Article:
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6 lawsuits filed against Nevada marijuana company CWNevada

Updated March 22, 2019 - 10:37 am

CWNevada, one of the state’s largest cannabis companies, faces six separate lawsuits alleging fraud, failure to pay lenders on time and, in one case, misappropriation of intellectual property.

CWNevada owns at least two cultivation facilities, a production facility and three dispensaries under the Canopi brand. The company calls itself “the premier cannabis distributor in Nevada’’ on its Twitter page and is one of just three companies that own three dispensaries in Clark County, according to the Department of Taxation.

The company is struggling to pay back millions of dollars it raised from lenders over the past few years for cultivation, production and distribution of marijuana products, according to court documents. The lawsuits come as Nevada marijuana retail sales have exceeded state forecasts.

“While local and national media outlets report on the unprecedented success of Nevada’s regulated marijuana market, CWNevada, LLC’s management has managed to run the business into the ground,’’ alleged a lawsuit by Green Pastures Fund, Jakal Investments, Green Pastures Group, Jonathan Fenn and Growth Opportunities.

“Despite having substantial capital investment from Plaintiffs and otherwise, and the market advantage of holding privileged licenses relating to every facet of the operations, CWNevada has failed to turn a profit, has irreparably harmed its relationships with key vendors, and has now defaulted on its primary financing provided by Plaintiffs.”

That lawsuit alleged CWNevada owes the plaintiffs $15 million.

Paul Lapping, the manager for the Green Pastures Fund, and Joel Blair, the manager for Jakal Investments, did not respond to a request for comment. Managers of the other funds could not be found.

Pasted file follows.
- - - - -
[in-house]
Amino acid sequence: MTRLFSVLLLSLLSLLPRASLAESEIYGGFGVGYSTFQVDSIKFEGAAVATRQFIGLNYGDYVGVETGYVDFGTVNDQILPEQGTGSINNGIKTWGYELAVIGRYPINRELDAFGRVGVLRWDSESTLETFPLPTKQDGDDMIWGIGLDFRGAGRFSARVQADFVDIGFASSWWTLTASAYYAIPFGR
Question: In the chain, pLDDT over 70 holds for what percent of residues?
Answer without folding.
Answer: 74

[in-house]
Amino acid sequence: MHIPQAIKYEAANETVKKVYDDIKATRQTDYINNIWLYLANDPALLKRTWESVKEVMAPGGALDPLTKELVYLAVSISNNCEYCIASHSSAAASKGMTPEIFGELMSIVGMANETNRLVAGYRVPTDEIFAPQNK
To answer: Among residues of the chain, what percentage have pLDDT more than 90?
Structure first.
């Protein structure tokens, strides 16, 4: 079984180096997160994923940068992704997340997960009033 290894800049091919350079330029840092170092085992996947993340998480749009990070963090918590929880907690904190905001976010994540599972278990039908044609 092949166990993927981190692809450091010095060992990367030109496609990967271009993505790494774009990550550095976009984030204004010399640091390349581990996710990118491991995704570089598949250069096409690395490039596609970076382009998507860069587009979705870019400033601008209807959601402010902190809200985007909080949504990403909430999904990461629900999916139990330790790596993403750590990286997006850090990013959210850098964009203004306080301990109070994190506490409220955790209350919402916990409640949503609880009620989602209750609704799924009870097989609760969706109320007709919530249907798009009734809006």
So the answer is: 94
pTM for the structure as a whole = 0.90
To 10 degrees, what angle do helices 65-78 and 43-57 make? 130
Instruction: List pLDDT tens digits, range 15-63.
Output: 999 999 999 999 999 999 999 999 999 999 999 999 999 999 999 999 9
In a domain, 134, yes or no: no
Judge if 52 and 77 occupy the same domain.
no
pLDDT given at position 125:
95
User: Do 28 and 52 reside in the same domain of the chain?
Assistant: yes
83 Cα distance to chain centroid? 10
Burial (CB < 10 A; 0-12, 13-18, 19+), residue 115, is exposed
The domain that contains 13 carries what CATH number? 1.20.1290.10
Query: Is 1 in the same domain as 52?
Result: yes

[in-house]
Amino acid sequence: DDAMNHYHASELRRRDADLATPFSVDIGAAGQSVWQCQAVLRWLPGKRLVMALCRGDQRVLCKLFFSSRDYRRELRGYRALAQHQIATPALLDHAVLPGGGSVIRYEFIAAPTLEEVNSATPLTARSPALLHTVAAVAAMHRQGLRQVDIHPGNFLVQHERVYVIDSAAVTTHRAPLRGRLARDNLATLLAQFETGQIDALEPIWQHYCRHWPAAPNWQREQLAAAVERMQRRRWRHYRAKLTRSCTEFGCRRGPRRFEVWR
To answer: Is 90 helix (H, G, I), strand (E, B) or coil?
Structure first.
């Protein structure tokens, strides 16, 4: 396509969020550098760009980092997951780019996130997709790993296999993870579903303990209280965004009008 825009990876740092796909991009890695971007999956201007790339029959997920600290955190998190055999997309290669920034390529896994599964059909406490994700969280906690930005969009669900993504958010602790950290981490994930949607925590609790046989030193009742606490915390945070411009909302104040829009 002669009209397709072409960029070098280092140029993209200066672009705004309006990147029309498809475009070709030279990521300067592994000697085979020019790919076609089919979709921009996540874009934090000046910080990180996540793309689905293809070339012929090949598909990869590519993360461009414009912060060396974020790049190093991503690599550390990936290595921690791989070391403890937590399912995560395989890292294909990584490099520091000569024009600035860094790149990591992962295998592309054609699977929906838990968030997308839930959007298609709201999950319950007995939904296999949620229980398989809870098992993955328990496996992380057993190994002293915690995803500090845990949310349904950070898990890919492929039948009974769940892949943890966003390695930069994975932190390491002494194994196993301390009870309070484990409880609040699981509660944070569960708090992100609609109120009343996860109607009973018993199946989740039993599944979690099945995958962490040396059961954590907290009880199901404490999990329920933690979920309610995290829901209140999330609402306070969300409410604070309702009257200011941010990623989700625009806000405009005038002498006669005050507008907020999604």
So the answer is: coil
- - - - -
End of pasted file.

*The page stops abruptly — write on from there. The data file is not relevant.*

The other lawsuits were filed by Highland Partners NV LLC, which rents space to CWNevada in Las Vegas; MI-CW Holdings LLC, MI-CW Holdings NV Fund 2 LLC and Green Pastures Group LLC, which all claim to have loaned money to CWNevada; and CIMA Group LLC, which granted CWNevada an exclusive license to manufacture marijuana-infused products under the Wana brand in Nevada.

Response planned

CWNevada CEO Brian Padgett, a condemnation and eminent domain lawyer, did not return calls to his office.

Todd Bice, who is representing CWNevada, said he advised his client not to speak to the media. Bice said he will file Padgett’s response to the claims Friday.

“At that time, not only is it our intent to debunk the specious claims but to also assert counterclaims over misappropriation of company assets and opportunities,” Bice said in an email to the Review-Journal. “The story is not as currently spun and will be vastly different once responses are filed.”

All of the lawsuits with the exception of the one filed by the CIMA Group have been condensed into one case, according to court records.

MI-CW Holdings NV Fund 2 alleged that it loaned CWNevada $3.25 million for equipment and that the company has not paid it back. MI-CW Holdings NV Fund 2 accused CWNevada of “fraudulent conduct” and has asked the court to require CWNevada to provide it with “true and correct financial statements.”

“On information and belief, CWNevada intended to induce MI-CW Fund 2 to enter the Loan Documents so that CWNevada could obtain immediate funds without ever intending to repay MI-CW Fund 2 or complying with the terms of the Loan Documents.